I’d like to better understand how Harley-Davidson can retain a premium brand identity if combustion engines, once the top tier of American motorcycle engineering, are being replaced by e-motors (LiveWire) that can be built by almost anyone, and if motorcycles feel and act like smartphones that you no longer even have to own?  It’s likely that the V-Twin motors of the future will no longer be a distinguishing brand characteristic.

New competitors are knocking on the Milwaukee door and customers are better informed, have tougher requirements and are able to interactively rate and influence companies and their products.

In the end, what Harley-Davidson claims about it’s premium brand doesn’t matter. What matters is whether or not consumers believe it enough to pay more for it.

Photos courtesy of Twitter Bob Tita/WSJ and Harley-Davidson.

All Rights Reserved (C) Northwest Harley Blog

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2011 CVO Ultra Classic Electric Glide

I’m talking about the Harley-Davidson CVO (Custom Vehicles Operation) division and their customers.

CVO versions take an existing Harley motorcycle, then add a host of additional parts, usually cosmetic but some are mechanical, including the 1,803cc (110 cubic inch) version of the stock Harley motor.  The bikes they design and build are by any definition “mass-produced,” so they’re not true “custom’s” in the purest sense of the word.  But, based on rider demand the CVO division makes specialized versions on a few Harley models each year.  The people who purchase these want to customize their motorcycles but don’t have the time or skills.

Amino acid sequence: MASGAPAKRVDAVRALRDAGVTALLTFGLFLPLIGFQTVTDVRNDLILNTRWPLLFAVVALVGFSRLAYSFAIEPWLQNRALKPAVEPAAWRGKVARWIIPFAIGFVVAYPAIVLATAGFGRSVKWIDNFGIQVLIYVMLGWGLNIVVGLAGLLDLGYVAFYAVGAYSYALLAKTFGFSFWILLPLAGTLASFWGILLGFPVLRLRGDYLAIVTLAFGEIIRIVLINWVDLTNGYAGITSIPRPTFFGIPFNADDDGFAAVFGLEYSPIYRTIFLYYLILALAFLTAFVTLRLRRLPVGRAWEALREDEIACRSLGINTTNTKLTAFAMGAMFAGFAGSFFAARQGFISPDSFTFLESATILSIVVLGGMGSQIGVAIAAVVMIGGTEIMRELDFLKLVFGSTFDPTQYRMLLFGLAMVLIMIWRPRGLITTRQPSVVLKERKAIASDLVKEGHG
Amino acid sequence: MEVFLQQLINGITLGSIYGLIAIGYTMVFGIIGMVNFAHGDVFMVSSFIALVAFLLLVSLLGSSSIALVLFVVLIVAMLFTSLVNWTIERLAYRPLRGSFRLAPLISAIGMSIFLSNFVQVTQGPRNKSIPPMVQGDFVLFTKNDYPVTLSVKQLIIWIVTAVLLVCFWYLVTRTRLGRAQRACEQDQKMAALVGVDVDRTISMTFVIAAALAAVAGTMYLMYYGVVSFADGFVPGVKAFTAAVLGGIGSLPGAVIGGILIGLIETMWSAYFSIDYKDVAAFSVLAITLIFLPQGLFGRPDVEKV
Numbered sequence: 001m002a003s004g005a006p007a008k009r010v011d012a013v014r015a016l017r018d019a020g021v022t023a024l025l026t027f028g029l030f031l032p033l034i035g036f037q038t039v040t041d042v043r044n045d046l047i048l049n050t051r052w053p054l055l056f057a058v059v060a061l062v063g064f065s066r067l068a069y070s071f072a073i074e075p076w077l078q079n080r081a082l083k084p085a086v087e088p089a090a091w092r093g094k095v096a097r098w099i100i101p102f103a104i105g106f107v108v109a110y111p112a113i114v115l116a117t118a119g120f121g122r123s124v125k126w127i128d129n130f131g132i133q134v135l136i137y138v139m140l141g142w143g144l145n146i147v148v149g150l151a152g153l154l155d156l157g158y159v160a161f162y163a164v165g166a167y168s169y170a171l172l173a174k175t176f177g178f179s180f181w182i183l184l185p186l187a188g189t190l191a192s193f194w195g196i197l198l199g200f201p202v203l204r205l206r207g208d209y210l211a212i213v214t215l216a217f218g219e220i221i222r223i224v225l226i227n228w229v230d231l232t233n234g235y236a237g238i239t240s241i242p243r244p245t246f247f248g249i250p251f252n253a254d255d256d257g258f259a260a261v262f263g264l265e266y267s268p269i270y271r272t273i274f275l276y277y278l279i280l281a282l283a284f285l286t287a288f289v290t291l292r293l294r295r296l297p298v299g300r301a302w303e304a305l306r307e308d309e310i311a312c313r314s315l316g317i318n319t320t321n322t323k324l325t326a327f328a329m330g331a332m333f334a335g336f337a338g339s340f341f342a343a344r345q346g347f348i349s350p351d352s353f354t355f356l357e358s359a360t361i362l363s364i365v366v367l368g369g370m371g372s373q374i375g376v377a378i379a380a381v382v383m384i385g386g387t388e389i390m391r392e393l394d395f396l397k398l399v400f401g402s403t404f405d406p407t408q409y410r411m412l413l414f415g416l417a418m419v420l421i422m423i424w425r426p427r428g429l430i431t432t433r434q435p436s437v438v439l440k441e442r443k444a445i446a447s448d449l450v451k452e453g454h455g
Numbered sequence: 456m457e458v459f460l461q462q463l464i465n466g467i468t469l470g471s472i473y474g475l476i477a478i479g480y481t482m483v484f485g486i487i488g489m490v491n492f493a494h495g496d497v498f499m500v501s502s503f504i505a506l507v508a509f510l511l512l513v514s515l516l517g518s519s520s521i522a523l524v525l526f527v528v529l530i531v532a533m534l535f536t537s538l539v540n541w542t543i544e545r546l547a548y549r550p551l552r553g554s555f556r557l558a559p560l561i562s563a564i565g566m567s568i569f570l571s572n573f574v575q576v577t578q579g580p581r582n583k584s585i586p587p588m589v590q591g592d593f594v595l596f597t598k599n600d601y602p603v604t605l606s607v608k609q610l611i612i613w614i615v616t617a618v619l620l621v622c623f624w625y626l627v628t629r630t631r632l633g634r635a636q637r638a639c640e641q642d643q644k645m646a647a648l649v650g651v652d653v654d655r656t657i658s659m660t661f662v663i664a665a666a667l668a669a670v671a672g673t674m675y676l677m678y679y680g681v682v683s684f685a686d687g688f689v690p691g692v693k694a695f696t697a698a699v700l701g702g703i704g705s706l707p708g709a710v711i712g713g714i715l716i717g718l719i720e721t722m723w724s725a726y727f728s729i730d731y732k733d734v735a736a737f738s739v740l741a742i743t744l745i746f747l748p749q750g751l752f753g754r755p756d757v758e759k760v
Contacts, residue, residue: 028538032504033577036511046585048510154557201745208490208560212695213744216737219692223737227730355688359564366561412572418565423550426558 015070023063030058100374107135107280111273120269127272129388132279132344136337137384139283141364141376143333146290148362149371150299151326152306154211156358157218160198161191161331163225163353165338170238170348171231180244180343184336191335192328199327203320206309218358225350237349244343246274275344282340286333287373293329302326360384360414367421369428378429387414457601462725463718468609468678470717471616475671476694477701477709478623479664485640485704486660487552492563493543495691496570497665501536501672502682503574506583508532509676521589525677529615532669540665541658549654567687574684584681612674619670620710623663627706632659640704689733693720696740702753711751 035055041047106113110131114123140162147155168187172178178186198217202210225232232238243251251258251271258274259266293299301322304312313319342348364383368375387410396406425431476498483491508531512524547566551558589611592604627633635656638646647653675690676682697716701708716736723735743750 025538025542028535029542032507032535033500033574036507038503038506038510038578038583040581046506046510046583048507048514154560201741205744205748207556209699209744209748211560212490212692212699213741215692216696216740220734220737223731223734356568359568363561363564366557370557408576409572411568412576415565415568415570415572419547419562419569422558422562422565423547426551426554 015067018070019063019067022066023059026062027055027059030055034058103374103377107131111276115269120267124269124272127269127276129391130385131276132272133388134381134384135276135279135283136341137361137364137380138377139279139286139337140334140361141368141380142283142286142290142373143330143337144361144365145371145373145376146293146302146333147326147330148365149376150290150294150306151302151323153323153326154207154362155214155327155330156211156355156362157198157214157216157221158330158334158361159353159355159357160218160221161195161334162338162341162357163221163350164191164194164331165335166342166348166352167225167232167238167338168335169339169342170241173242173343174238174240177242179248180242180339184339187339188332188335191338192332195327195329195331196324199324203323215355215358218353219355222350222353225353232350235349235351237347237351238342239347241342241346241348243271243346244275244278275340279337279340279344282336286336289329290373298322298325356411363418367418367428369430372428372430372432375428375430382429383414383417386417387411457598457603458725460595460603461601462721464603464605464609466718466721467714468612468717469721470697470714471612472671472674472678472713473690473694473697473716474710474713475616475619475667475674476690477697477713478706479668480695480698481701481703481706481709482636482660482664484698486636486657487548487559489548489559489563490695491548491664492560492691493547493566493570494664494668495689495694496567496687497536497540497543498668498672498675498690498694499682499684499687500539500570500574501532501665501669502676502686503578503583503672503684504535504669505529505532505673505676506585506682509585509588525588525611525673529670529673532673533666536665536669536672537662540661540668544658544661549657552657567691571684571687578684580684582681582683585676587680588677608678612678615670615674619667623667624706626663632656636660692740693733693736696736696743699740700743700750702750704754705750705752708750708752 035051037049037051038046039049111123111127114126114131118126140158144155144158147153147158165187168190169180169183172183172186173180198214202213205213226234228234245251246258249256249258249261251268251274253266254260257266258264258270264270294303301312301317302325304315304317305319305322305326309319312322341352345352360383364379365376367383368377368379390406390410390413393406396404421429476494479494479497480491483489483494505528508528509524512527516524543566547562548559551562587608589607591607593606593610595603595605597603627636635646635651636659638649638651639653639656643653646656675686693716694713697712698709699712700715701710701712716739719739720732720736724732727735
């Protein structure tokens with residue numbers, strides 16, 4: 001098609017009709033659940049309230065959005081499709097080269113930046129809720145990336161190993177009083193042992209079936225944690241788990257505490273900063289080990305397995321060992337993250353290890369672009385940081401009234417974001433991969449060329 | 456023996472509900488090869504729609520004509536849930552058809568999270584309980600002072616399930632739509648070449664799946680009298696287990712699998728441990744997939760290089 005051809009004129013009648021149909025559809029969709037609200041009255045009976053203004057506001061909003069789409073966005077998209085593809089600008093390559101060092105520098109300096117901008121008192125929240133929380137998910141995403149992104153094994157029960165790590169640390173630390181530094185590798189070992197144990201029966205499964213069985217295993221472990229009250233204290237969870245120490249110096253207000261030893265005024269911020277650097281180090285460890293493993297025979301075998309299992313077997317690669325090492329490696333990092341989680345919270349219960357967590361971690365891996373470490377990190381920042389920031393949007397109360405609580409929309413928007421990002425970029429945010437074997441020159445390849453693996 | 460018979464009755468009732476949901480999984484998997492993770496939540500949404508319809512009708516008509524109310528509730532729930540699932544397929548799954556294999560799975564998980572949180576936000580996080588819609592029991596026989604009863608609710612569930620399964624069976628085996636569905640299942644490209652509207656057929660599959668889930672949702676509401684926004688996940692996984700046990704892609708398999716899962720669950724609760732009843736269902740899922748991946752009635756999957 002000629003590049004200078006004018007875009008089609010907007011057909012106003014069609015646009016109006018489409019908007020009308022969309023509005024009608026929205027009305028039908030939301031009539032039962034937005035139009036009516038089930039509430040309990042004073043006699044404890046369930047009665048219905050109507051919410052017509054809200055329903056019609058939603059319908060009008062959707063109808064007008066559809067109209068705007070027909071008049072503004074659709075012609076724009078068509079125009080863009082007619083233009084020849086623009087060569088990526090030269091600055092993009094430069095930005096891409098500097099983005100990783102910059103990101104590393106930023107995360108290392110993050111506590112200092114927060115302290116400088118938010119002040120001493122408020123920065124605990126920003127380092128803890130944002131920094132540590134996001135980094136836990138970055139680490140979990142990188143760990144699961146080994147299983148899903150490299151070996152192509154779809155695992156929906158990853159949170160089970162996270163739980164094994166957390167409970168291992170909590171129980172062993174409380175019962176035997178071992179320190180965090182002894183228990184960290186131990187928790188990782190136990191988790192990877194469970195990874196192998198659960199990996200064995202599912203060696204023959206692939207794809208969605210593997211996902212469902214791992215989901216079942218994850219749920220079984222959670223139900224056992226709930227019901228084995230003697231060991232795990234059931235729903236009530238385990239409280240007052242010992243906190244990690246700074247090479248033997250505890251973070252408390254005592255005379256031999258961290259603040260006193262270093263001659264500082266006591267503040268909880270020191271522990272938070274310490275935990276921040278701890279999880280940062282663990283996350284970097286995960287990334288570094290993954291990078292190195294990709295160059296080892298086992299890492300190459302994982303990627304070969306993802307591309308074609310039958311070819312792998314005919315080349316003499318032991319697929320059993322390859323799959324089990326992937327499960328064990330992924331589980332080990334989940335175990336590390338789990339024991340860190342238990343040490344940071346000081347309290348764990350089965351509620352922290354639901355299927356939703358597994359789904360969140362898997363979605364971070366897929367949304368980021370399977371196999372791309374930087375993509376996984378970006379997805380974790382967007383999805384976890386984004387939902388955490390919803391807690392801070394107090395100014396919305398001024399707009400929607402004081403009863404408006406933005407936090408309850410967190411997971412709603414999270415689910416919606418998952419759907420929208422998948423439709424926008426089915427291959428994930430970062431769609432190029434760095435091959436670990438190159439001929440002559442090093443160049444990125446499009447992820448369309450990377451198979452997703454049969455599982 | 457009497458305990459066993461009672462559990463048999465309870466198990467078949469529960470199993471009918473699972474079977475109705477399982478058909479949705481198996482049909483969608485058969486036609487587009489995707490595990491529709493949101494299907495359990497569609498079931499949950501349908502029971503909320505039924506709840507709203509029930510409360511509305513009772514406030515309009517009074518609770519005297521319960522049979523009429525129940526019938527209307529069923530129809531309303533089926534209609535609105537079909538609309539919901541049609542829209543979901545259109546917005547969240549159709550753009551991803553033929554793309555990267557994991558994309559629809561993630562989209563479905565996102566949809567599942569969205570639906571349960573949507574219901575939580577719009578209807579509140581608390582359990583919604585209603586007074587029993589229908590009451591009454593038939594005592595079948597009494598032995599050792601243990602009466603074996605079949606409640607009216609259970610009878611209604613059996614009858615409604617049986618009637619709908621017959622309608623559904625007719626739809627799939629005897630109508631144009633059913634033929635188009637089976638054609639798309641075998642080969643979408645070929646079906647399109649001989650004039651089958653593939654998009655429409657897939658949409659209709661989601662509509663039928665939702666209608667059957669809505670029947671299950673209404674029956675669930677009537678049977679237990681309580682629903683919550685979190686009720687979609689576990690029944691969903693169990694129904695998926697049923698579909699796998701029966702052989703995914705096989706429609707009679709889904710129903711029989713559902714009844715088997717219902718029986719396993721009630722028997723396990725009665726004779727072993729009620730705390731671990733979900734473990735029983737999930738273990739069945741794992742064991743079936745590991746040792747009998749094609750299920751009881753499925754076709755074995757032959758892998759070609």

But they do have money!

I was out yesterday at lunch and did a local H-D dealer “drive-by” when I noticed they had two 2011 CVO Touring bikes on the show floor:

  1. CVO Street Glide (MSRP: $33,880 (includes shipping costs)) – Asking Price was $36,400
  2. CVO Ultra Classic Electric Glide (MSRP: $36,880 (includes shipping costs)) – Asking Price was $40,300

2011 CVO Street Glide

Whoa!  A $40K Harley-Davidson.  That’s a first.  And neither had the optional 200 Watt “Boom! Audio Bagger” package which would have pushed the asking price even higher.  The CVO models always sell out and I’m sure 2011 will be no different because H-D deliberately under produces to maintain a perception of exclusivity.

So what’s my point?  I think purchasing the CVO takes all the fun away from doing your own customization.  The research, planning, procuring and incremental accessory installations are what provides motorcyclists winter projects and if you purchase a CVO your relegated to just washing it, right?

For example a comparable bike to #2 above is the Electra Glide Ultra Limited which includes the Power Package (103cu in plus ABS/Security) with an asking price of $27,200K (MSRP: $25,280 (includes shipping costs)).  With very similar paint schemes (minus flames) it looks like the dealer is asking about a $13,000 premium for the CVO version.  Sure it has the 110 cu in and several other accessories, but the price difference gives a person a lot of room for upgrades and chrome that you specifically want vs. what the motor company decides you need.  H-D doesn’t care either way as long as you just buy a new 2011 model.

I’m thinking the dealer is wishing for a lot here with their additional mark up during these financial times.  It will be interesting to see how long the CVOs stay on the showfloor as $40K buys a lot these days.

Photo courtesy of H-D and Telegraph.co.uk/ Double Red.

All Rights Reserved © Northwest Harley Blog